I like the new form of integrated viral campaigns. So may people spend time on-line and e-mailing that I think it has elements of being very successful. In this case, I wonder what the live event was and how successful it was along with the video, contest, and pass along element.

    Two of my friend responded pretty quickly to the pass along element:

    One texted me:
    “Did you send me a video or is this some virus thing again???”
    Then he said:
    “Please tell me you work there.”
    When I asked him if he entered the contest, he said:
    “What contest???
    Clearly he missed that part.
    He then said:
    “I never do those contests. Don’t trust them for a second.”

    That was the end of that conversation.

    Another friend wrote:
    “OMG! Is that for real? It looks like it's a spoof of the Office or something!
    That is really funny and totally out of control. Thanks for sending me the link!”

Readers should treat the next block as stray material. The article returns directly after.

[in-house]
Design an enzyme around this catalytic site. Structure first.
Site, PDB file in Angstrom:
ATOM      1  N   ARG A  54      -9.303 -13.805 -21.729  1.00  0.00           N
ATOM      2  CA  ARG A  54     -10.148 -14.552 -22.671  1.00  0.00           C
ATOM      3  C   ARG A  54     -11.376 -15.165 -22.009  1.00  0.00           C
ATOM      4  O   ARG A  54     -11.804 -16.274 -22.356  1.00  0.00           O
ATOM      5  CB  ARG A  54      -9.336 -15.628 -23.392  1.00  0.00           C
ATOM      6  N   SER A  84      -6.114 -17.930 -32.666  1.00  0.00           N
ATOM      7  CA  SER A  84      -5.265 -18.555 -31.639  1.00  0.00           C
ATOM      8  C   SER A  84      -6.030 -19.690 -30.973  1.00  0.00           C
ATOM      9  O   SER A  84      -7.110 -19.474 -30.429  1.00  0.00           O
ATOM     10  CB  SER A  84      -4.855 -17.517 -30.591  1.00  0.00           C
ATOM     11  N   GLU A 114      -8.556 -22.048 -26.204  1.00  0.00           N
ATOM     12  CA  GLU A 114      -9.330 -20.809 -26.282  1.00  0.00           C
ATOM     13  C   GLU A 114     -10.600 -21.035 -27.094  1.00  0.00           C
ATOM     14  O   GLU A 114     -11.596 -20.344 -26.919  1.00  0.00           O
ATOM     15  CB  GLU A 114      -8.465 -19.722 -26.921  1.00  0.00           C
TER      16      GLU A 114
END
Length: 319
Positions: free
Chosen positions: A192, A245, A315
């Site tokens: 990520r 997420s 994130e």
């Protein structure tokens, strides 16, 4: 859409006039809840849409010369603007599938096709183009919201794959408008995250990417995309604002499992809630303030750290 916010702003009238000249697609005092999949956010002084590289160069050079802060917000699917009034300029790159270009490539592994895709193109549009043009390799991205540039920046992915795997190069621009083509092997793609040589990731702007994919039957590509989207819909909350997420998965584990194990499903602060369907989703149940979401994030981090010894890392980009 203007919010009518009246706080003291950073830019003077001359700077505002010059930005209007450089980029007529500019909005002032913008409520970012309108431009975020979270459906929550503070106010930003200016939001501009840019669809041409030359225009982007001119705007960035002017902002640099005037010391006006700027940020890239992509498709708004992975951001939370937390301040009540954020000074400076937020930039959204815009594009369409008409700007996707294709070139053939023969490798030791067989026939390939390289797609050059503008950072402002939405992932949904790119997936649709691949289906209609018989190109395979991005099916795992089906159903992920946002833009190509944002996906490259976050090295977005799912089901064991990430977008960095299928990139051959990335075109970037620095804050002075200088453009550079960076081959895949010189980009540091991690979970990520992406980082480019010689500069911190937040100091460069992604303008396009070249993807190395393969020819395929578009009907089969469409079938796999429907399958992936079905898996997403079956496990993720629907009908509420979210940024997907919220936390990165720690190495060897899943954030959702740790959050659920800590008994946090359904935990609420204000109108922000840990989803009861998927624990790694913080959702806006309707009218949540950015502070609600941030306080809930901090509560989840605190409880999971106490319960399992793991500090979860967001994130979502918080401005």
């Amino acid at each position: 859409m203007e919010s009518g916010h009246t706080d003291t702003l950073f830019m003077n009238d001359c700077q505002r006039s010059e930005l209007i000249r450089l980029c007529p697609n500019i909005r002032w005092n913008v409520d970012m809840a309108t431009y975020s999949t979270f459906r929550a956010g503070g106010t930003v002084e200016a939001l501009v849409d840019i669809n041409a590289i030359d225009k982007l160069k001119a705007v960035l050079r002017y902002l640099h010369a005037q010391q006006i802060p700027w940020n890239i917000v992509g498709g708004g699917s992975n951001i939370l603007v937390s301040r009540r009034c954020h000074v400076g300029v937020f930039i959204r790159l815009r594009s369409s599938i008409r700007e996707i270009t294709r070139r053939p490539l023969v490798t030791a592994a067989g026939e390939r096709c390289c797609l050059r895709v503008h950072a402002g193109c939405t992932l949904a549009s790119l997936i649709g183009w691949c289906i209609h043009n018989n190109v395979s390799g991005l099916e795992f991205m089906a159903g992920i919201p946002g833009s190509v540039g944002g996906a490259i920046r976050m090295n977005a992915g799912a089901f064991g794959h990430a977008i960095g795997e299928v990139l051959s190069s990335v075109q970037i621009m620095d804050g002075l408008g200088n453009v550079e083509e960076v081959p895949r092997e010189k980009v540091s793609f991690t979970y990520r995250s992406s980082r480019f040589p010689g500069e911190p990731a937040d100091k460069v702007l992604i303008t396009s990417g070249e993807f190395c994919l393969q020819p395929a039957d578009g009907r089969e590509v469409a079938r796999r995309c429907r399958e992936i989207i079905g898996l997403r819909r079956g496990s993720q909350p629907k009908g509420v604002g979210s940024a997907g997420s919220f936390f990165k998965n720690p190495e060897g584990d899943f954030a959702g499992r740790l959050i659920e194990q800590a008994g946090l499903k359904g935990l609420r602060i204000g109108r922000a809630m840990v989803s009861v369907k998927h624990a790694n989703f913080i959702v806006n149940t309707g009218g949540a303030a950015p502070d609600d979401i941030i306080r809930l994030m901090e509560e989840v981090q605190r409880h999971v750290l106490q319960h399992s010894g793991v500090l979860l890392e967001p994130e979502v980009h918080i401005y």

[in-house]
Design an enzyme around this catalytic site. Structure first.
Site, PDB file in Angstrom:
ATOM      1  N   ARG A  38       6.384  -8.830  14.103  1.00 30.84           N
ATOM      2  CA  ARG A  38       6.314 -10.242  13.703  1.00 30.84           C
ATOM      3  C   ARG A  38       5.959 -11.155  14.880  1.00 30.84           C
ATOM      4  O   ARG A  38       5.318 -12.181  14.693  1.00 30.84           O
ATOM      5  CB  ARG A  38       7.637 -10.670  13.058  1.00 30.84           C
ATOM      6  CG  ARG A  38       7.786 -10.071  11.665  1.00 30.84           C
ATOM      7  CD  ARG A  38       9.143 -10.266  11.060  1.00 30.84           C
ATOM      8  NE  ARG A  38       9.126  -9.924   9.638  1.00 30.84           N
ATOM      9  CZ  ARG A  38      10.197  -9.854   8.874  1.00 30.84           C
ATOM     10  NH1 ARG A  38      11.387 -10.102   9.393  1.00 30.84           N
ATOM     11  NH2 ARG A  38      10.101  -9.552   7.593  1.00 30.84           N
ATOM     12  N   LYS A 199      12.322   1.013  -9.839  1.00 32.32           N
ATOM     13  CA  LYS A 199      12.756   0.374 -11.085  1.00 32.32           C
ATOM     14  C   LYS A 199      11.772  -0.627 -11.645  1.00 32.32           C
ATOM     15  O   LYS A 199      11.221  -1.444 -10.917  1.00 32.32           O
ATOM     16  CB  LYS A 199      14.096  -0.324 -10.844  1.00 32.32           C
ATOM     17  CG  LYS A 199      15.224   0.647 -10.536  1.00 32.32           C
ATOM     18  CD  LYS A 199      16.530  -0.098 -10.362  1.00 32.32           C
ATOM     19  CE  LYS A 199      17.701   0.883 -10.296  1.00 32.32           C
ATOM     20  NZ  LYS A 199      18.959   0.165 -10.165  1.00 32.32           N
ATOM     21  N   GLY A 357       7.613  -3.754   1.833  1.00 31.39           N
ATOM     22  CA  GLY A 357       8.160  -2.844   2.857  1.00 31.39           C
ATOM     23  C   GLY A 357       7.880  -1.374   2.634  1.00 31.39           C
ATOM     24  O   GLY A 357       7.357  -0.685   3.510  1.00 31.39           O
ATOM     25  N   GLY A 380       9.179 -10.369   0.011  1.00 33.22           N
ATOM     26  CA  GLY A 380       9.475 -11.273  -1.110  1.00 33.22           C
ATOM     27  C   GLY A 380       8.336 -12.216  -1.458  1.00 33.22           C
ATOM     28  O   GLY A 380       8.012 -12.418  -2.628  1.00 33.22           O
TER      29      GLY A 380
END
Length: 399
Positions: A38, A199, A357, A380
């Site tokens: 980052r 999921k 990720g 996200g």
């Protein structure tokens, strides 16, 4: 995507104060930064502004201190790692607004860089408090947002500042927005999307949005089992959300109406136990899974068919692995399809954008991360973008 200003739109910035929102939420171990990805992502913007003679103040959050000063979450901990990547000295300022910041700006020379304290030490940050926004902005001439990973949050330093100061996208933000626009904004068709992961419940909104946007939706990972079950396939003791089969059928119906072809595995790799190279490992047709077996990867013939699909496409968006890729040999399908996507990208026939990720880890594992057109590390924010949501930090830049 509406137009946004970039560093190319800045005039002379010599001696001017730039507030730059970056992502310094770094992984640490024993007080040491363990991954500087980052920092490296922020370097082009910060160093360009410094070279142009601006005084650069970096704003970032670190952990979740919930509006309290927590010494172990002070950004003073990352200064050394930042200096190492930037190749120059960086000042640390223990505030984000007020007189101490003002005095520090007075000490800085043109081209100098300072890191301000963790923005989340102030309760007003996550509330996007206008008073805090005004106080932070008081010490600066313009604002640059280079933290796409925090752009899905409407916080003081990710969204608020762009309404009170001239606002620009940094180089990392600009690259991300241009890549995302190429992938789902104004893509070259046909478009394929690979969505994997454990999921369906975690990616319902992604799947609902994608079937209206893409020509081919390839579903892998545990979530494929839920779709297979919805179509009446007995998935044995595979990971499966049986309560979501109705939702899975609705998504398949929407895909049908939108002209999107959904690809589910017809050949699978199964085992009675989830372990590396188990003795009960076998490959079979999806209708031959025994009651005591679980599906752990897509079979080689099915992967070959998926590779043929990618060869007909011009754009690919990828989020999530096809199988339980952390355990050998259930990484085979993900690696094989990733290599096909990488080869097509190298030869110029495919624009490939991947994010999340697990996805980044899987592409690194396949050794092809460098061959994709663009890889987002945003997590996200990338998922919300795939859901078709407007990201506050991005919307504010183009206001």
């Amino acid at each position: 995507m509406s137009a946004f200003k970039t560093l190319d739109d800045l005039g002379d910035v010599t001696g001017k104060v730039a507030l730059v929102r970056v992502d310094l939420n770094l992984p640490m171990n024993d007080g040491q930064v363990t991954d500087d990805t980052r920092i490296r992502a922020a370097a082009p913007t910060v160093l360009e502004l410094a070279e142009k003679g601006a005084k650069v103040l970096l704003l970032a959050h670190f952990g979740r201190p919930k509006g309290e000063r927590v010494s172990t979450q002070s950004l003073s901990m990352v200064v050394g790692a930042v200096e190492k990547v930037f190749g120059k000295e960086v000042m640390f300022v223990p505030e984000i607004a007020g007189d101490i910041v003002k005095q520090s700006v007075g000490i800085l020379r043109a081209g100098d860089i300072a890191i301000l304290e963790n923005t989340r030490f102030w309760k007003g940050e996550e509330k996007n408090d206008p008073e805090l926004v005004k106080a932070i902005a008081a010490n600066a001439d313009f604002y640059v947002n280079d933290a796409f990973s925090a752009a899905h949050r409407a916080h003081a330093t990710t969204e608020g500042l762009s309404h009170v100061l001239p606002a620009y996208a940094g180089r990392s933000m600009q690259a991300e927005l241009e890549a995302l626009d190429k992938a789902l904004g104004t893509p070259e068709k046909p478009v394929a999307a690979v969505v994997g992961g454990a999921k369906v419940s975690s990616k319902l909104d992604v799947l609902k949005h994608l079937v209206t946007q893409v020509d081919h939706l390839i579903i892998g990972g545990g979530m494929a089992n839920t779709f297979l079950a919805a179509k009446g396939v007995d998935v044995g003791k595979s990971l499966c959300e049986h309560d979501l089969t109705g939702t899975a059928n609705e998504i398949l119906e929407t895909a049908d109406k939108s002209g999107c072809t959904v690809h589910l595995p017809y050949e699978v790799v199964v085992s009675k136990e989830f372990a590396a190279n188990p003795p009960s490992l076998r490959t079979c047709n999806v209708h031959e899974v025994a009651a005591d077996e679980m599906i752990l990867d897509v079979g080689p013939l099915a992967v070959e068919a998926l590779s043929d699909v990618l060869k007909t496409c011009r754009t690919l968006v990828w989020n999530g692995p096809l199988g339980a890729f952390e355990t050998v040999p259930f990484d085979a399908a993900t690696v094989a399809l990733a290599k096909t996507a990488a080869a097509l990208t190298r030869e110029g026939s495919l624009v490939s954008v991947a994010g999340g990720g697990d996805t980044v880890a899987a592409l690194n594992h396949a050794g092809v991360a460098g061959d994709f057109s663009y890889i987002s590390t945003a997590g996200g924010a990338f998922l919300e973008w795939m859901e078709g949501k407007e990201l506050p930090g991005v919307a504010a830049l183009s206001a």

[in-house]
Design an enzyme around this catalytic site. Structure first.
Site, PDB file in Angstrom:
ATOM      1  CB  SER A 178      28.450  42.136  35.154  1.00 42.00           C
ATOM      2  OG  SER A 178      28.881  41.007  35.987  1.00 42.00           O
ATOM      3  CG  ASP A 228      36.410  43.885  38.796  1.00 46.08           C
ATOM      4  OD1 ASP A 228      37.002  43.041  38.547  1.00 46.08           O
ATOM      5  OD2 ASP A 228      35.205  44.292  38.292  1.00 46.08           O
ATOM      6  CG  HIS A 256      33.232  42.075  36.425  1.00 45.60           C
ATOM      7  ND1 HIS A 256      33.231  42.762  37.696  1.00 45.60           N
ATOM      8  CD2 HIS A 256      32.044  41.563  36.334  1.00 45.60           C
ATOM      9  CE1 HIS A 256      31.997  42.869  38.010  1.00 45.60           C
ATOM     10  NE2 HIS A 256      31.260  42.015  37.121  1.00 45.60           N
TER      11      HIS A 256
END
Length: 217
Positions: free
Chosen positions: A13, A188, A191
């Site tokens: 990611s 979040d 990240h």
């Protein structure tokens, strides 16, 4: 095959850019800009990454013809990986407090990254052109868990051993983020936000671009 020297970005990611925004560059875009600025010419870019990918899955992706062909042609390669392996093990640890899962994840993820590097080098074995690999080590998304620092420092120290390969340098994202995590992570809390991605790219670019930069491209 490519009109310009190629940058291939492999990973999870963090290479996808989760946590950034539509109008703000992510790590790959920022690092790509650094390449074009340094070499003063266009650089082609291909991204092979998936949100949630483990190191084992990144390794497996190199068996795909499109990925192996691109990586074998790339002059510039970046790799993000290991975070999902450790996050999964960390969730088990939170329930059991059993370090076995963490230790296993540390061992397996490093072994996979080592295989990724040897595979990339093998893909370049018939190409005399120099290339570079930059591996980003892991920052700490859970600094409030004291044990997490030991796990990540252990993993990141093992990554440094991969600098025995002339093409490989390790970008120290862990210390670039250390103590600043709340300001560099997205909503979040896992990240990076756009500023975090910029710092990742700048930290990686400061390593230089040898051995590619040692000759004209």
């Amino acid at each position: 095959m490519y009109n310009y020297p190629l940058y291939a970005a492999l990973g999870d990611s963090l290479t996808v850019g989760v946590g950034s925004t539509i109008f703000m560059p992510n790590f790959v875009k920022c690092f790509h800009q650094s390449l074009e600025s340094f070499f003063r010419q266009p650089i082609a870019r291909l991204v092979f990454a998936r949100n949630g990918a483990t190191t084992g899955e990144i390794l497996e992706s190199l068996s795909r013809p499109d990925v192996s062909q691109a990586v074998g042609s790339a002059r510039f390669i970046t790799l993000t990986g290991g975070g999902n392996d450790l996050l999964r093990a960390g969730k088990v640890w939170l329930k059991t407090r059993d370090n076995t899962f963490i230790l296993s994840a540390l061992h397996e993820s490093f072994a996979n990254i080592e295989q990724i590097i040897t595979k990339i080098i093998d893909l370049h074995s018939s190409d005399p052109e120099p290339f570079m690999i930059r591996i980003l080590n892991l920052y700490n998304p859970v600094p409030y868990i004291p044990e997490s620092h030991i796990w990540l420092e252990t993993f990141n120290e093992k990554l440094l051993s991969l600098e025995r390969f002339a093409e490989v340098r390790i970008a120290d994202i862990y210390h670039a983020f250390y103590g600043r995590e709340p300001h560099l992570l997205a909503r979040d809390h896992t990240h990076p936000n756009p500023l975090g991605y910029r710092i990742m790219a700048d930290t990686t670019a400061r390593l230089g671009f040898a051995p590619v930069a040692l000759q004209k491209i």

When I told her it was a marketing campaign she said:
    “It looked totally fake! And no, it doesn't want to make me want to go the Bahamas.
    It definitely made me not want to work at an insurance company in NJ. Anyways, it was still funny!”
    When I asked her if she entered the contest or passed the video along she said:
    “I did not enter the contest or pass it along to anyone else.”

    So I guess the campaign was not successful amongst my two friends, but I know it would irresponsible for me to derive any hard-set opinions based on two people.

    And I can’t really use my own reaction because I already knew that the video was a part of a viral marketing campaign.

    Oh well.

    I still thought the video was funny!

    Tara